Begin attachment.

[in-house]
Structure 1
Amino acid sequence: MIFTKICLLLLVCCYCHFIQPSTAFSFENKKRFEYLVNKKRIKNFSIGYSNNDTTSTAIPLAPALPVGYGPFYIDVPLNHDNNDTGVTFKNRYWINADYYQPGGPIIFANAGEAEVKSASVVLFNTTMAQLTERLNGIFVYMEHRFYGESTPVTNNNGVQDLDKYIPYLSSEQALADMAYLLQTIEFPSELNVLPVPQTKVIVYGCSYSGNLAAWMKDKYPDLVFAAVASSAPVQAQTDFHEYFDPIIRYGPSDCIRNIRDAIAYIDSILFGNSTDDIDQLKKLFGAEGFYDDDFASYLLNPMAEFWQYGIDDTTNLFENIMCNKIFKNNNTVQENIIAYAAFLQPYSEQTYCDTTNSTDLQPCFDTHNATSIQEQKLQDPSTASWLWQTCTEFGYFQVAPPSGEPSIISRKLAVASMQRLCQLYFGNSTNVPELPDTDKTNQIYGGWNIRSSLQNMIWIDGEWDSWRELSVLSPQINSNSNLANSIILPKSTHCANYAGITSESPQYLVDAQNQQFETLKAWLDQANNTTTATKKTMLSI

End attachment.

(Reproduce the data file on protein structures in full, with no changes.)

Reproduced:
[in-house]
Structure 1
Amino acid sequence: MIFTKICLLLLVCCYCHFIQPSTAFSFENKKRFEYLVNKKRIKNFSIGYSNNDTTSTAIPLAPALPVGYGPFYIDVPLNHDNNDTGVTFKNRYWINADYYQPGGPIIFANAGEAEVKSASVVLFNTTMAQLTERLNGIFVYMEHRFYGESTPVTNNNGVQDLDKYIPYLSSEQALADMAYLLQTIEFPSELNVLPVPQTKVIVYGCSYSGNLAAWMKDKYPDLVFAAVASSAPVQAQTDFHEYFDPIIRYGPSDCIRNIRDAIAYIDSILFGNSTDDIDQLKKLFGAEGFYDDDFASYLLNPMAEFWQYGIDDTTNLFENIMCNKIFKNNNTVQENIIAYAAFLQPYSEQTYCDTTNSTDLQPCFDTHNATSIQEQKLQDPSTASWLWQTCTEFGYFQVAPPSGEPSIISRKLAVASMQRLCQLYFGNSTNVPELPDTDKTNQIYGGWNIRSSLQNMIWIDGEWDSWRELSVLSPQINSNSNLANSIILPKSTHCANYAGITSESPQYLVDAQNQQFETLKAWLDQANNTTTATKKTMLSI